The George Brett Pine Tar Game was not the First Pine Tar Game
It was a steamy July day in New York and George Brett was on fire. He had just stroked a Goose Gossage four-seamer into the Yankee Stadium bleachers for a dramatic two out, ninth inning, home run that put the Royals up 5-4. The Yankees manager, Billy Martin, decided to protest the home run based on excessive use of pine tar on Brett’s bat. He invoked Rule 1.01(c), which stated “a bat may not be covered by such a substance more than 18 inches from the tip of the handle.” At the time, July 24, 1983, the rule was interpreted so that if the bat was illegal (due to excessive pine tar), the hit was an illegally batted ball and the batter was automatically out.
The first Pine Tar game
Billy Martin and the Yankees were waiting for this day. Graig Nettles, a savvy veteran, known for slick glove work and an eye for gaining his team an advantage, remembered the other Pine Tar game, in July, 1975. The Yankees were visiting the Twins at Metropolitan Stadium.
The scoring began in the first inning when Thurman Munson banged a two out single to right to score Roy White. Twins Manager, Frank Quilici, asked the home plate umpire, Art Franz, to take a look at Munson’s bat and the generous amount of pine tar inching up the barrel. Franz placed the bat on home plate to measure the 17-inch (plate width) mark on the bat and determined that Munson had violated the rule. He declared Munson out and it ended the Yankees inning with no run scoring. The Yankees manager, Bill Virdon, argued with Franz while Munson let loose on Quilici. Ultimately, the Yankees lost the game 2-1.
Curiously, the Yankees did not protest the pine tar call so the American League president, Lee McPhail, was not asked to render an interpretation. This would not be the case eight years later when he would rule against the Yankees in the more famous Pine Tar game.
A simmering George Brett watched from the Yankee Stadium visiting dugout while Billy Martin, after a tip from Graig Nettles, approached rookie umpire, Tim McClelland and the rest of the umpiring crew, Drew Coble, Joe Brinkman and rules expert, Nick Bremigan, and asked for the bat to be inspected. Coincidently, Bremigan was the first base umpire in the Yankees/Twins Pine Tar game eight years prior. Initially, McClelland wasn’t sure how to measure the pine tar, but Bremigan, knew how to measure the bat using the 17-inch width of home plate. After examining the bat, McClelland ruled Brett out thus ending the game with a Yankees’ 4-3 win.
Brett charged out of the Royals dugout in an out of control rage to confront McClelland and the rest of the umpire crew. He went after McClelland but was intercepted by Joe Brinkman, who probably saved Brett and McClelland. Brett was ejected. Meanwhile, as Brett protested, Royals pitcher, Gaylord Perry swiped the bat, passing it to teammates Hal McRae and Steve Renko, who then handed off to the bat boy who raced up the clubhouse tunnel. This effort to tamper with evidence went for naught when a team of security men confiscated the bat outside of the Royals’ clubhouse.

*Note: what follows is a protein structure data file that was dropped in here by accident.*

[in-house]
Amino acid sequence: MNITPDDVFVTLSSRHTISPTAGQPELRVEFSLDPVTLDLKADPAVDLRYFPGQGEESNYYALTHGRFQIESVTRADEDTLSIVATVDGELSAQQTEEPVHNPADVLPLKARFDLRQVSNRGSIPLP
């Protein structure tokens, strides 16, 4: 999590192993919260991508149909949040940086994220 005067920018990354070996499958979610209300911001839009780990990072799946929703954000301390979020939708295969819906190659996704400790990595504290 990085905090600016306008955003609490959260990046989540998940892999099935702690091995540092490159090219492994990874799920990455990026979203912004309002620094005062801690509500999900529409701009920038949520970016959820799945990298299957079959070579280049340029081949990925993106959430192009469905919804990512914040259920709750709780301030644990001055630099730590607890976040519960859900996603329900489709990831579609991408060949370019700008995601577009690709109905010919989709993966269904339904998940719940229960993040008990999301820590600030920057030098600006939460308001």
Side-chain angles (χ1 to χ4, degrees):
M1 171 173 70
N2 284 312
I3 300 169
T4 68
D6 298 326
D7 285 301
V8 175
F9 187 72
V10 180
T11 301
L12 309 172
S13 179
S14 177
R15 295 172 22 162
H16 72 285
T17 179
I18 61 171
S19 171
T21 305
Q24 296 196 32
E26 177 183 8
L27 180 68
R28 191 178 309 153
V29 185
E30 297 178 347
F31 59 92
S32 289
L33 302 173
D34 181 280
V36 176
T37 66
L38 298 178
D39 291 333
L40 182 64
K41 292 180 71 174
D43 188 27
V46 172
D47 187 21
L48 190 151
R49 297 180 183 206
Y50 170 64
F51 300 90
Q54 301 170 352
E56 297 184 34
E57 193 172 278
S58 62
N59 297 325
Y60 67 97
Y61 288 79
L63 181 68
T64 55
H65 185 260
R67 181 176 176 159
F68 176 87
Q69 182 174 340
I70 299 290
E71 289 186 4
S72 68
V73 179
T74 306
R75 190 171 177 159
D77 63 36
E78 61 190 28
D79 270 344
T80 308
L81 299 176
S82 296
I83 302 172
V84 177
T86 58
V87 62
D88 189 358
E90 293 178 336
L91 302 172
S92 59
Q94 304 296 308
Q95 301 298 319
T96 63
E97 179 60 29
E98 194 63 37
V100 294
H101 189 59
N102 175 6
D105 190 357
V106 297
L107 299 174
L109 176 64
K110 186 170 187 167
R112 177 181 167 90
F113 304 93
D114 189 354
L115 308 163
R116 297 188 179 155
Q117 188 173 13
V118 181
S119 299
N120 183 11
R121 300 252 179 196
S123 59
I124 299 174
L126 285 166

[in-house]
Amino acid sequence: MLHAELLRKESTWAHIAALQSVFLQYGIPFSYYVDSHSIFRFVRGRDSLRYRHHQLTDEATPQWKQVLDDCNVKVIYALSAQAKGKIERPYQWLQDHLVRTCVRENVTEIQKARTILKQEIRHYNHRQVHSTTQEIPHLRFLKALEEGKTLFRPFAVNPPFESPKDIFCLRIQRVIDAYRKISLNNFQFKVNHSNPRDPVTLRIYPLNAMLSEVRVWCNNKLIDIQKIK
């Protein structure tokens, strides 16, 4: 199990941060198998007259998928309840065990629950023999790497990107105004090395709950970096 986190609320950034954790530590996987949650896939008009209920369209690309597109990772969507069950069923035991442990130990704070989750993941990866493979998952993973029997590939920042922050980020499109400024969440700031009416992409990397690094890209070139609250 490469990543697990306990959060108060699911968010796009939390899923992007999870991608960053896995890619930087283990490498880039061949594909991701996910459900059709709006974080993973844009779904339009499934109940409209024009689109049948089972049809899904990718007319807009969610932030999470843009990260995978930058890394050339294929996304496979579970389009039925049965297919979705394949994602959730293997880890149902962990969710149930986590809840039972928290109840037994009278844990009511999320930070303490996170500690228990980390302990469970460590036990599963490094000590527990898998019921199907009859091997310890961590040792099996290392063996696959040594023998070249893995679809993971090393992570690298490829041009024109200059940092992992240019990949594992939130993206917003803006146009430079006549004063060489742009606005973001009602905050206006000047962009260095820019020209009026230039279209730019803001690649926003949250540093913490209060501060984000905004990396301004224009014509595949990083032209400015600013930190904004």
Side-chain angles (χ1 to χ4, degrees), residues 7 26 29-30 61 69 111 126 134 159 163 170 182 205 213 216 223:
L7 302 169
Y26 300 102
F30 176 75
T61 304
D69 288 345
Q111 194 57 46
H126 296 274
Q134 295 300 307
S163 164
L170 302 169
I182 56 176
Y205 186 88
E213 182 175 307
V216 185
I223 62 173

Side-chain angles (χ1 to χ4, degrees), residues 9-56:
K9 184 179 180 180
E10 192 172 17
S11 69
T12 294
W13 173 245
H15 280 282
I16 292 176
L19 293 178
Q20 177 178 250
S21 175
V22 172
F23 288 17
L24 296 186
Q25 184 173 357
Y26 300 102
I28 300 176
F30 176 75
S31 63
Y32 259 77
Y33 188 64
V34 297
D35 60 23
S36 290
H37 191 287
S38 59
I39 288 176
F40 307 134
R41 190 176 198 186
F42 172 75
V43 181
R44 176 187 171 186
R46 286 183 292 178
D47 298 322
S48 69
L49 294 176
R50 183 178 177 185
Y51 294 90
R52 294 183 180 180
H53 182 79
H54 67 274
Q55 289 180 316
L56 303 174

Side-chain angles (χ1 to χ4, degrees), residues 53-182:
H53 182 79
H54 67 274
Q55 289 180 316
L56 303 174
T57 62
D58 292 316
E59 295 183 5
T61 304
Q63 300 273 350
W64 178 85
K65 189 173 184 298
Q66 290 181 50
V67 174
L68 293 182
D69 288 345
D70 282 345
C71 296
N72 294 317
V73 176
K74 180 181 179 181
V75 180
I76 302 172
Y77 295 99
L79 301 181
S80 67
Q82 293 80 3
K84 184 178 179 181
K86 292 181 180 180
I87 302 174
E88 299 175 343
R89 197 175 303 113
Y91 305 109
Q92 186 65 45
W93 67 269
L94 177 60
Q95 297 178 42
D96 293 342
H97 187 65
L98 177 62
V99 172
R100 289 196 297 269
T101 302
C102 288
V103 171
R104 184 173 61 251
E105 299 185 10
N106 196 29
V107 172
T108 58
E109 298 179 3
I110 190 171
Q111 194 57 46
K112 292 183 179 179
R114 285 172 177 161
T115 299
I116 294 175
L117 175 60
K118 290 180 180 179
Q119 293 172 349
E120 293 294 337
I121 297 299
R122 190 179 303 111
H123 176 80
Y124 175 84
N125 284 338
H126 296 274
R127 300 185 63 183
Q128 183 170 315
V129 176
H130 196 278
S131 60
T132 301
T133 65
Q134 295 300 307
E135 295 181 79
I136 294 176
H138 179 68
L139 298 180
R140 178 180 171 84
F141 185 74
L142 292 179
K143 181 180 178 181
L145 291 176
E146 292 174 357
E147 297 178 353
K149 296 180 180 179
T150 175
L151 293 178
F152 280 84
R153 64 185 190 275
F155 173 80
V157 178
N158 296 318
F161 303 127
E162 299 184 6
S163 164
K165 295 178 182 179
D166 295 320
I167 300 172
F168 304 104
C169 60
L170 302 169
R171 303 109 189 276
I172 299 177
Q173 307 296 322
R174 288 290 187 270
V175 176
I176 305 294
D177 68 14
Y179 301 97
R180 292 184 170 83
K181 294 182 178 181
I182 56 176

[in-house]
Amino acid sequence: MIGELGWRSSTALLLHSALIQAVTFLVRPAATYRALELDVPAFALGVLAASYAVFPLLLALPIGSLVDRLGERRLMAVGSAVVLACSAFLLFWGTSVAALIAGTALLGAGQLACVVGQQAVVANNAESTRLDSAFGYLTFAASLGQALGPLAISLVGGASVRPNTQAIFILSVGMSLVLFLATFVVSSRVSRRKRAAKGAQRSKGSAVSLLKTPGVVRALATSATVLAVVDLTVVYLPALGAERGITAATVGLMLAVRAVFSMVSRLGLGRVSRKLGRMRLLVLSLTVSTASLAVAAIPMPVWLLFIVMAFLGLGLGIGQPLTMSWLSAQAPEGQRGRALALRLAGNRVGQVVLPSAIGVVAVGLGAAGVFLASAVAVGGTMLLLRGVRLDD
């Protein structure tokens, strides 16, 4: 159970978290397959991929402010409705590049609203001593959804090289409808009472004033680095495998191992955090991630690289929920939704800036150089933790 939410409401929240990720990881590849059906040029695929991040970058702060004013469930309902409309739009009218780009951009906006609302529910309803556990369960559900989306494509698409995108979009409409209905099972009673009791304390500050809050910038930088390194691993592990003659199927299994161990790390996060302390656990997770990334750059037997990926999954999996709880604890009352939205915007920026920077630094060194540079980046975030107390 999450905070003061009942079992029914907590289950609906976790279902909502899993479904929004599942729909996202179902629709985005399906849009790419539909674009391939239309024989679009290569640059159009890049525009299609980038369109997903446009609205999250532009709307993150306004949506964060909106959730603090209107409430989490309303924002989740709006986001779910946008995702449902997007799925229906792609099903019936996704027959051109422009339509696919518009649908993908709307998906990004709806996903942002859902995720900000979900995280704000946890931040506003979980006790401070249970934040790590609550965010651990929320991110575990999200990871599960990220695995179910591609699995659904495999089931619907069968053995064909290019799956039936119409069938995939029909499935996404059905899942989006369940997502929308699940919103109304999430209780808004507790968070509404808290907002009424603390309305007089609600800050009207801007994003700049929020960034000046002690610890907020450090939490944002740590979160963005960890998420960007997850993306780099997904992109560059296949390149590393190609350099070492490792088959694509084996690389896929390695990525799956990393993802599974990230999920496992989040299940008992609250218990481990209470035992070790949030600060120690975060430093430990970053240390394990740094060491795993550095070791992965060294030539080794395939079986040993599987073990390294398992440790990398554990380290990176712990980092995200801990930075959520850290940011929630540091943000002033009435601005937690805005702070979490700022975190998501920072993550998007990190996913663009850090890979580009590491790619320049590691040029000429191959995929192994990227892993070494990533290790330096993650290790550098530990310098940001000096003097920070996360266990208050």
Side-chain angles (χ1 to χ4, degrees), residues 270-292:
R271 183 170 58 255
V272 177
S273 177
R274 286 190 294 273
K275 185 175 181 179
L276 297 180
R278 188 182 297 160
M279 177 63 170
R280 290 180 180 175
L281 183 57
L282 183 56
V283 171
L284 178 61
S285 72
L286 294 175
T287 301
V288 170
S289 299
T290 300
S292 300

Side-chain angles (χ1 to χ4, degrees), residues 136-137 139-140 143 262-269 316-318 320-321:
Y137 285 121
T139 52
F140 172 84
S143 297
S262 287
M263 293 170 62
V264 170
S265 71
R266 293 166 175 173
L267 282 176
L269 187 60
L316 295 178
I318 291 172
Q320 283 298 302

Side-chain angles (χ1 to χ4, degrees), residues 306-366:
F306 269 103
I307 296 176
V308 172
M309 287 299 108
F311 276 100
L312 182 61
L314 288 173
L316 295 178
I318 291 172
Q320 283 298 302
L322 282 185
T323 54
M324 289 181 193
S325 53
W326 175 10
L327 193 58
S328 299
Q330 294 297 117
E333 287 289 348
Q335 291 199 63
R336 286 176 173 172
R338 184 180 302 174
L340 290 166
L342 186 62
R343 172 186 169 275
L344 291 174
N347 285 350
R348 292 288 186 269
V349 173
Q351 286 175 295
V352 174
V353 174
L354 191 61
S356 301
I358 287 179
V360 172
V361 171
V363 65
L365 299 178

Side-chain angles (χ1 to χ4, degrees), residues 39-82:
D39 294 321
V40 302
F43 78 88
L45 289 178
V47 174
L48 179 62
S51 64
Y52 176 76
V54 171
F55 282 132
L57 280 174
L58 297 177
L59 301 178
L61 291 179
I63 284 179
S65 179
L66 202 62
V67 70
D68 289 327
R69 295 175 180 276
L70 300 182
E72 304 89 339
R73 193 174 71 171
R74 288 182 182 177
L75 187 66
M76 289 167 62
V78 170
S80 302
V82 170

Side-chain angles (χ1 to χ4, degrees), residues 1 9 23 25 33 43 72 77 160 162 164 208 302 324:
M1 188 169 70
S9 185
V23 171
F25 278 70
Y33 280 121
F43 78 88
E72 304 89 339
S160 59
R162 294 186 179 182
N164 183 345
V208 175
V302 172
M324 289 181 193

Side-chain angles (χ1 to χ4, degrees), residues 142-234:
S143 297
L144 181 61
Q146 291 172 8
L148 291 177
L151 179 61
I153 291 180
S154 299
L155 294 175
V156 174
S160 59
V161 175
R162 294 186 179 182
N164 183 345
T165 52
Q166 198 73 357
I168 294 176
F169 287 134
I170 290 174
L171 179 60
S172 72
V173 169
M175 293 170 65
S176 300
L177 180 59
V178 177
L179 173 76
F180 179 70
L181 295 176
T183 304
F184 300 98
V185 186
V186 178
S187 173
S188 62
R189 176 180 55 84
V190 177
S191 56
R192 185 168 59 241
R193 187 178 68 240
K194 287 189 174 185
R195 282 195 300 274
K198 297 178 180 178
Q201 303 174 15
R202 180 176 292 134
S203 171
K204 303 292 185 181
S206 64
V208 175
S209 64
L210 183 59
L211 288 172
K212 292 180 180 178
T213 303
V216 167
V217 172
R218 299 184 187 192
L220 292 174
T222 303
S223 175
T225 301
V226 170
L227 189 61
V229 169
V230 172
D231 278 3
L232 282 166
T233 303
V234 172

The Royals, under manager Dick Houser, protested the game, contending that according to American League regulation 4.23, the use of pine tar in itself shall not be considered doctoring the bat. The protest went to American League president, Lee McPhail. McPhail recited the history of the pine tar rule which was introduced in the Official Rules by the Playing Rules Committee in 1955, with the purpose of preventing baseballs to be discolored by contact with pine tar. As McPhail recalled years later, “The clubs were losing a lot of balls because the pine tar was getting on them, and they’d have to be thrown out in batting practice and everything else.” McPhail, who had been American League president for 10 years, overruled the umpire crew and allowed the home run and the game would continue play on August 18.
McPhail directed no blame to the umpires but instead cited ambiguous Official Playing rules. George Brett’s home run was re-instated and a media feeding frenzy ensued. Lawsuits were filed, countless letters written letters to the op-ed, and relentless pine tar conversation smothered the city like the summer heat. Yankees owner, George Steinbrenner was so furious that he made disparaging public comments about McPhail that would eventually cost him $250,000 in a fine levied upon him by Baseball Commissioner, Bowie Kuhn.
When the Pine Tar game resumed play a few weeks later, Brett would watch the game while eating Italian food in a New Jersey bar nearby the airport. He was, after all, ejected. The Yankees were still angry that the game was to be replayed. Billy Martin substituted pitchers for his starting fielders; Ron Guidry played center and lefty throwing, Don Mattingly played second base.
The best I ever had.
“The guy who made the bat was named Tiny, and Tiny would always put little red stars on the bat where the knots are, where the hard parts are,” he said. “And that bat, I think, was a seven-grainer. It was a really good piece of lumber. You look at a lot of these grains now, a good bat might be 10, 11, 12, a normal bat would be 13, 14, 15 grains going through it. This bat had seven grains, which meant it was really really hard.”
The result of all of this pine tar controversy is that the pine tar rule in today’s game is basically ignored. If a bat is found to have too much pine tar on it, the bat shall be removed from the game, but it will have no effect on any play that ensues from the use of the bat.
Don’t tell that to George Brett